I must have had 50 people mail me various versions of the NY Times story on the citizens of Newtok, Alaska who had to abandon their homes due to melting permafrost that made their structures unstable. Most of the emails came with a message such as “explain this away, skeptic boy.”
Generally I had two answers:
- Uh, it is kind of hard to deny that the Artic has warmed over the last 30 years, though that has leveled off in the last 10. Climate changed naturally long before man began burning hydrocarbons. One only has to consider the great cities of North Africa that have disappeared over the centuries as the area dried up to give the lie to the statement that “climate refugees” are a modern phenomenon. Anyone ever hear about the Norsemen abandoning Greenland?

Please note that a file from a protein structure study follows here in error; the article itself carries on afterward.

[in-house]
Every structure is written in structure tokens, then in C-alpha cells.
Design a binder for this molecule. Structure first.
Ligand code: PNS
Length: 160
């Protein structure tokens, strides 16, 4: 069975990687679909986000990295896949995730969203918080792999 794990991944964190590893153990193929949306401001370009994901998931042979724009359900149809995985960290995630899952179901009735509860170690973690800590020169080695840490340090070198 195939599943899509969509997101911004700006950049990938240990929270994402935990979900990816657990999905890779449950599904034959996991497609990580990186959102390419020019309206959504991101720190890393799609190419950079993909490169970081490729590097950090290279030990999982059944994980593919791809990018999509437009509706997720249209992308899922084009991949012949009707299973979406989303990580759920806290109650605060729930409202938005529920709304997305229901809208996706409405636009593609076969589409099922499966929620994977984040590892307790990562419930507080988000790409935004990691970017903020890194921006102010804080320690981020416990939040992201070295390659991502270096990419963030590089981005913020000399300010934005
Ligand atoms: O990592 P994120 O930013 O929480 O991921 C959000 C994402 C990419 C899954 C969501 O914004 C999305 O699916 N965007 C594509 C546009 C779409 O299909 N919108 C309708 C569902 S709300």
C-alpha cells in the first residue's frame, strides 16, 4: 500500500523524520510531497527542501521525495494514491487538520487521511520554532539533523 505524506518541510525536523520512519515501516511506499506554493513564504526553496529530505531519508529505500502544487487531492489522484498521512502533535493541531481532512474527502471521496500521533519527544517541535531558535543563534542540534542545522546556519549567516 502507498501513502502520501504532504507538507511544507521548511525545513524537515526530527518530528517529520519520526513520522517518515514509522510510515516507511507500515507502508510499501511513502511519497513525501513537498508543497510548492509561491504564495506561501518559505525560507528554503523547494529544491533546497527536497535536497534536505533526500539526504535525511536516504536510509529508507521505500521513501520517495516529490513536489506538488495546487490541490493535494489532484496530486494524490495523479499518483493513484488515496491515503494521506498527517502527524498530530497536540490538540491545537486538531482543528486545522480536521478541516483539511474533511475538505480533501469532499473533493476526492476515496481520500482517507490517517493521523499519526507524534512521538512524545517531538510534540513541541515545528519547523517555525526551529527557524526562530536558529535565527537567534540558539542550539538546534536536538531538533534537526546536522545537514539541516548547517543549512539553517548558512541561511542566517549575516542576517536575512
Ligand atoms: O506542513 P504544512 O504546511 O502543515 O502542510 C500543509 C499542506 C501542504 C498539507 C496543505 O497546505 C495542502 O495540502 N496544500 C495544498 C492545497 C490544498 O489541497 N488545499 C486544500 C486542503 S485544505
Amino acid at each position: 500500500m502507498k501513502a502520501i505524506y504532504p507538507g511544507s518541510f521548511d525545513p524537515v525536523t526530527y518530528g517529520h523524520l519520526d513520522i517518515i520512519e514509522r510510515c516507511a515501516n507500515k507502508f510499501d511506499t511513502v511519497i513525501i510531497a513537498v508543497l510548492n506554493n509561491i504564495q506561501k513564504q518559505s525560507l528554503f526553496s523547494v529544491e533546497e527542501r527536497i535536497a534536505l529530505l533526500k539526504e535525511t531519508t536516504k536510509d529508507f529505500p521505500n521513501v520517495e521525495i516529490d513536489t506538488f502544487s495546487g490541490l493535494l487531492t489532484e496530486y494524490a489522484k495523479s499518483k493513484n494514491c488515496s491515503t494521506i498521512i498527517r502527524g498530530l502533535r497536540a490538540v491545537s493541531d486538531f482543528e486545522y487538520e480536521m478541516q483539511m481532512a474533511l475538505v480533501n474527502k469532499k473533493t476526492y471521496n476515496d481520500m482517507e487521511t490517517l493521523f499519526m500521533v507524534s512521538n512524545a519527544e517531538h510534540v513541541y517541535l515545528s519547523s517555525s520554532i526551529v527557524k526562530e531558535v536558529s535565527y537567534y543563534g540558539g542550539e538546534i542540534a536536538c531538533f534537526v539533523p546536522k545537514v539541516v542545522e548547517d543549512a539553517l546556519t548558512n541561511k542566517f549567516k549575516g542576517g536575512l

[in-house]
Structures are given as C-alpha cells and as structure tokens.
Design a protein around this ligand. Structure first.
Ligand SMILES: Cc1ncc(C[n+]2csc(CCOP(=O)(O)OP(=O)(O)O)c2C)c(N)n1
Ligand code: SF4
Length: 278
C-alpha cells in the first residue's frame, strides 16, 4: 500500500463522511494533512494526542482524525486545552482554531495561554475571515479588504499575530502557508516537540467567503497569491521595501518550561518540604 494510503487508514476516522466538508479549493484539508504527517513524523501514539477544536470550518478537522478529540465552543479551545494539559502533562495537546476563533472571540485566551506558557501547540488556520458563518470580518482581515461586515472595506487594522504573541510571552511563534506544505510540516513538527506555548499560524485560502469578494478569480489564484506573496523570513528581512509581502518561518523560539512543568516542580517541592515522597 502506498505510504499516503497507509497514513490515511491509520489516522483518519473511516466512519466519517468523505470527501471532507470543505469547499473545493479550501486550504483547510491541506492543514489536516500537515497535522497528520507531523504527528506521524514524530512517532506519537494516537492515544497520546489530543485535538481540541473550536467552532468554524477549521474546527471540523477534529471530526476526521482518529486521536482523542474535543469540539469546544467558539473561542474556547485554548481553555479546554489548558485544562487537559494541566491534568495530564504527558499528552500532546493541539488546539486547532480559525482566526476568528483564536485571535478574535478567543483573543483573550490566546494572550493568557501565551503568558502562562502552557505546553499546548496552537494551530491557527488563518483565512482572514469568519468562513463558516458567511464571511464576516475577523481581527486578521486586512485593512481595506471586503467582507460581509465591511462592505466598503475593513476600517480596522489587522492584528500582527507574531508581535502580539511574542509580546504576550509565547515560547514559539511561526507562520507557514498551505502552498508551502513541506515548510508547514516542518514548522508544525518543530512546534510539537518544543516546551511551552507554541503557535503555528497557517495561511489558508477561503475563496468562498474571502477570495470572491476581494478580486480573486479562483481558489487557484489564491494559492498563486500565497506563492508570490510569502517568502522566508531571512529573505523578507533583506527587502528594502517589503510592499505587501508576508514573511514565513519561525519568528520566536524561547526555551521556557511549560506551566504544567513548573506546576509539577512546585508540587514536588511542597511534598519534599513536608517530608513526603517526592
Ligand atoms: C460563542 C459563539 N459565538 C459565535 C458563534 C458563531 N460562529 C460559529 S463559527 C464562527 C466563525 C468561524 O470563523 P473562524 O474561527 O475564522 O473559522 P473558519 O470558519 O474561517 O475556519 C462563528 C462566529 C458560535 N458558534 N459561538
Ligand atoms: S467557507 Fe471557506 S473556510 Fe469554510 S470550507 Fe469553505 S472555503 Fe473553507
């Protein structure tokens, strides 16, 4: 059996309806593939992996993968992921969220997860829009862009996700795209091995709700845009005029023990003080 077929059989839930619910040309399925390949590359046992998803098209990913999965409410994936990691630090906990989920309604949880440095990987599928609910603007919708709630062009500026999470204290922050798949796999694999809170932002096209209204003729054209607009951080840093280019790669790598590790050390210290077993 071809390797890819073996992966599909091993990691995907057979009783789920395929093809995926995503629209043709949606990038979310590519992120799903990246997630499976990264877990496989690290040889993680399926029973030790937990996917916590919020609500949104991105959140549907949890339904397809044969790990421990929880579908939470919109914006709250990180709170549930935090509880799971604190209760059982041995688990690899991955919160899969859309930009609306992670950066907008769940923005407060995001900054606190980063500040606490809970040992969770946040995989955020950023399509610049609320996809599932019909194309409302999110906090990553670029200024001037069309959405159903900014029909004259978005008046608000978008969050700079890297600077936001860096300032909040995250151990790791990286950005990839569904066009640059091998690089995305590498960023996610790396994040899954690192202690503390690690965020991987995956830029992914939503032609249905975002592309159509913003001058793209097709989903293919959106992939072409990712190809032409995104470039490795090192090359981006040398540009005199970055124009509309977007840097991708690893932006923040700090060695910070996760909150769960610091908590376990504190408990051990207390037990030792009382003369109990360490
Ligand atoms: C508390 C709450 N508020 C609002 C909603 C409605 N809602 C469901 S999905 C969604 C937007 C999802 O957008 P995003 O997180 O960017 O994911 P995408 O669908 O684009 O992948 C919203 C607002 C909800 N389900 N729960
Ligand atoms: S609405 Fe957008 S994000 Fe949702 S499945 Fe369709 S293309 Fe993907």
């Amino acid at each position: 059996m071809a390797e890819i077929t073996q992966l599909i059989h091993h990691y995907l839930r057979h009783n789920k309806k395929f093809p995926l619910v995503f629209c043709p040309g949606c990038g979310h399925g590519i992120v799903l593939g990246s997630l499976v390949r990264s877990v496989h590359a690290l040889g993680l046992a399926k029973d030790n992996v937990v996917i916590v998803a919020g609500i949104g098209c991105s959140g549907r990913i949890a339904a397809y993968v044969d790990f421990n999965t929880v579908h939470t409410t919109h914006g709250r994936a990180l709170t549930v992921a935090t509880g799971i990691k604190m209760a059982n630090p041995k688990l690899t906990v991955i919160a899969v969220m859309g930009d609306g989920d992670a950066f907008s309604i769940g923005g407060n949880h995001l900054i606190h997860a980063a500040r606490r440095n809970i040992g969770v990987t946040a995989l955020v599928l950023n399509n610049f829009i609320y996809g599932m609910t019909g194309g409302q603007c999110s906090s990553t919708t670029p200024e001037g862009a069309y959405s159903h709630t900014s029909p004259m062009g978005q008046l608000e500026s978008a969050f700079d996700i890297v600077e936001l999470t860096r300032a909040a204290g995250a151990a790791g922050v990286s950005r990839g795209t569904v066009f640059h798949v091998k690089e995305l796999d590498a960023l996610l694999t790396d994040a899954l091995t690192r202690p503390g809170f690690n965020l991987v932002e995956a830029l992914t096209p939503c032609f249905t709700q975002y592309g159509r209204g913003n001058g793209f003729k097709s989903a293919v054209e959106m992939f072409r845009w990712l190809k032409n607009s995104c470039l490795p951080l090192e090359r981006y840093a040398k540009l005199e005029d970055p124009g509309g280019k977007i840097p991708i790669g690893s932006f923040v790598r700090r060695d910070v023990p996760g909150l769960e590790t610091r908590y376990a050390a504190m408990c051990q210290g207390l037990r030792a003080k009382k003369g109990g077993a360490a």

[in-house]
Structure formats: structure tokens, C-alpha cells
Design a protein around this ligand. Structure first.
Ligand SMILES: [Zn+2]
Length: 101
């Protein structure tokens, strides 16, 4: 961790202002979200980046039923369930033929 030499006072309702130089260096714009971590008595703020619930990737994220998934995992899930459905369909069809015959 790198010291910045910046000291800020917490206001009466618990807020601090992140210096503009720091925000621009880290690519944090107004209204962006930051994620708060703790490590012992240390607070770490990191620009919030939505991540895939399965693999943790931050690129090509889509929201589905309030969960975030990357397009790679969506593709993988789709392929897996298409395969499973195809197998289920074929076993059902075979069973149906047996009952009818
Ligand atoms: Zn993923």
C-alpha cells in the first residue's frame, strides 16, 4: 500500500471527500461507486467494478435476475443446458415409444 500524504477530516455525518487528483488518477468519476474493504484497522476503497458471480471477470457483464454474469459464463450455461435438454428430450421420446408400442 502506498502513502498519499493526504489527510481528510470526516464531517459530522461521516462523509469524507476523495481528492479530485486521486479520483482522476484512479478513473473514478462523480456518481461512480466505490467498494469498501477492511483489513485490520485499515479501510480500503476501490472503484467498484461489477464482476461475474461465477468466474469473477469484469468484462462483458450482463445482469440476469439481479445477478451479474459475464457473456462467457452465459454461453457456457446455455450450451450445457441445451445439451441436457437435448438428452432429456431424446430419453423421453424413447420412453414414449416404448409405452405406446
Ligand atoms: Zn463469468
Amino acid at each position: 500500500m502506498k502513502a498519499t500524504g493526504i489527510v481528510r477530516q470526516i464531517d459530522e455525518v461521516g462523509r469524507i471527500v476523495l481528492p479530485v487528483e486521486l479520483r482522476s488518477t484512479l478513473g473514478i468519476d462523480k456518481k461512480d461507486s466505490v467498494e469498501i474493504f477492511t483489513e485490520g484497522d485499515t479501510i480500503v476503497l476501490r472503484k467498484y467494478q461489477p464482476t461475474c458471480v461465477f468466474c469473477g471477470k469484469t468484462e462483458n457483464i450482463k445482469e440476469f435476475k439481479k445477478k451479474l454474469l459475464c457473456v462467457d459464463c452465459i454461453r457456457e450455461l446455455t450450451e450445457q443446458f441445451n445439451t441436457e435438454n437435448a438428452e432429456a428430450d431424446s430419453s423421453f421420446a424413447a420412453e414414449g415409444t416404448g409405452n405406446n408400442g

- I have been to the North Slope, and my dad was heavily involved in the planning for the Alaskan oil fields and pipeline. And I can say with confidence that modern human habitations have to be very, very, very careful not to melt the permafrost both with their waste heat as well as by actions that strip insulating cover off the permafrost.
Greg Schiller covers this ground, and more, as he reveals that the real culprit in Newtok appears to be normal everyday riverbank erosion, and a state government that insisted on building a town in this particular location.